headie one edna album review

Headie One – EDNA


To dedicate an album to his late mother EDNA is not only admirable for Headie One but also interestingly poignant in its delivery. Headie centers his message around his own reflection. He imagines how things may have been different in his early life if his mother was alive to teach him qualities that he feels would’ve helped him make better decisions. Though as you take in the composition, you have to revel at how the maturity of the sound mirrors the growth in his perspective. He doesn’t review his journey with regret or angst, but rather celebrates his lessons. 

Without the struggle, Headie wouldn’t be producing his best body of work and collaborating with legends like Drake. Then getting Drizzy to produce his best drill verse yet on “Only One Freestyle.” Nor would he have reached this new enlightenment which has enabled him to create this elevated sound. Headie mixed his drill roots with a succinct level of brightness allowing him to reach a wider audience. Though I’d love to hear the album at 12-14 tracks instead of 20, Headie One leaves it all on the table, and that feels just right. 

Sonically EDNA takes leaps and bounds from Headie’s previous projects. While his sound is still drilled at its core, his use of elevating samples and floating on them perks up your ear in a wildly unique way. On his previously released single “Ain’t It Different” featuring AJ Tracey & Stormzy, the fusing of “No Long Talking” by Lady Saw and the instantly recognizable guitar from “Butterfly” by Crazy Town, boost serious nostalgia. As soon as you hear Headie rap, “Ain’t it different? I link my ting in LA. Why I can’t fly to the states? ‘Cause I got too much convictions,” you know it’s a match made in heaven. 

On another album standout, “The Light,” Headie samples the classic piano and strings from the “All of the Lights (Intro)” by Kanye West. Why no one sampled this before is beyond me, other than needing the go-ahead from Ye himself. Drill fused Yeezy instrumentals have got to become a thing after hearing this. ”The Light” also has some of the most intriguing rapping from Headie, as he spits lines like, “My past on the Broad was dark, but now I see the light,” he encompasses the message of the whole project. Then on lines like, “I told lil bro when going around the fiends still be polite,” you get a more in-depth look inside his soul and his understanding of the circumstances in his environment that raised him.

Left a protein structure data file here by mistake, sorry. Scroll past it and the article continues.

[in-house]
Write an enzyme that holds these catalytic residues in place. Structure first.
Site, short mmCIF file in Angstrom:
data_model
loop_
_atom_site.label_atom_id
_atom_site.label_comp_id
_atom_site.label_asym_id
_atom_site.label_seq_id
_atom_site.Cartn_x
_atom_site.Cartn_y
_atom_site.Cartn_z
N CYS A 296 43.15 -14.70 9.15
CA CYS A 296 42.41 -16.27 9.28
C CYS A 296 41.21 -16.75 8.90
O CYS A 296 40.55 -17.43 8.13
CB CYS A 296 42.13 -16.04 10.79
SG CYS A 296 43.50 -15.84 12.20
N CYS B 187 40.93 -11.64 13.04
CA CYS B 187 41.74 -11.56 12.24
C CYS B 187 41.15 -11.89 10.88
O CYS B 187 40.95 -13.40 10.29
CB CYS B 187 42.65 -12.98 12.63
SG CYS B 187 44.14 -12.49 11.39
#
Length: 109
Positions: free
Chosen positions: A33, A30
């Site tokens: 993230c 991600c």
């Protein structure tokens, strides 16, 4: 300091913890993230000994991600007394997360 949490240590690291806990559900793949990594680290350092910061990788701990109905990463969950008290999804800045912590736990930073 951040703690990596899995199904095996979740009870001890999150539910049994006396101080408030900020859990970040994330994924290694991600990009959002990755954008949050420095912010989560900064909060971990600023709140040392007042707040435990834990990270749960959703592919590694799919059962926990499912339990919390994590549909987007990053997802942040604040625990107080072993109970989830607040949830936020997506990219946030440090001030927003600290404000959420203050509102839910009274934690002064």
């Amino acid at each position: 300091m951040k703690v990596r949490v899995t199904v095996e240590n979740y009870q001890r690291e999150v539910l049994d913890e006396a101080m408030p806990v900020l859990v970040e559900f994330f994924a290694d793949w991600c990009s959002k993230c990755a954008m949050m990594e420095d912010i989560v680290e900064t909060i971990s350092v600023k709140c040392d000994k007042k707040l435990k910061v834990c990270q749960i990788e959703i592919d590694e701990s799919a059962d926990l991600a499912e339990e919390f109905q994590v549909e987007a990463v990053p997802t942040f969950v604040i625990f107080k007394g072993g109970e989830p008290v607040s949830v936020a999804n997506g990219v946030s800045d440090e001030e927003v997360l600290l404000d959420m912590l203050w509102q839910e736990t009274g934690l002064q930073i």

Don’t worry, though; even with the drill inspired nostalgia at the center of the album, Headie One still shows his range. On another standout the Kenny Beats produced “F U Pay Me” feat Ivorian Doll, Headie glides over signature bass slaps Kenny would give to the likes of a KEY! or 03 Greedo. He flexes his status mixed with a bit of cheeky humor with lines like, “Plus, I fell asleep drunk. I forgot to take my chains off.” Headie makes keen selections for all his features on the project, and this one may be his best. Up and comer Ivorian Doll is clearly on the brink of a wild come-up, and this verse shows why as she spits, “Check how I deal with the biz, he wanna feel on my bits. Give him a taste; I pull the flick of the wrist, cum then I blow him a kiss.”

Headie’s release of two lavish visuals with the album feels like a victory lap and caps off the moment. On “Princess Cuts” featuring Young T & Bugsey he’s in a white suit smoking a cigar, and on “Parlez Vous Anglais” featuring Aitch he’s stunting in a cathedral club. It’s safe to say he’s sitting pretty on his top drill man throne. 

It all comes back to the energy from EDNA though, and when speaking on why he named the album after her, Headie said, “As a debut album, there’s no one else I could really give the name to. She’s a huge motivation behind my journey and my music. She keeps me going.” Headie, it’s clear that though she left your life long ago, she still beams her energy through you here. Bump EDNA at high volume.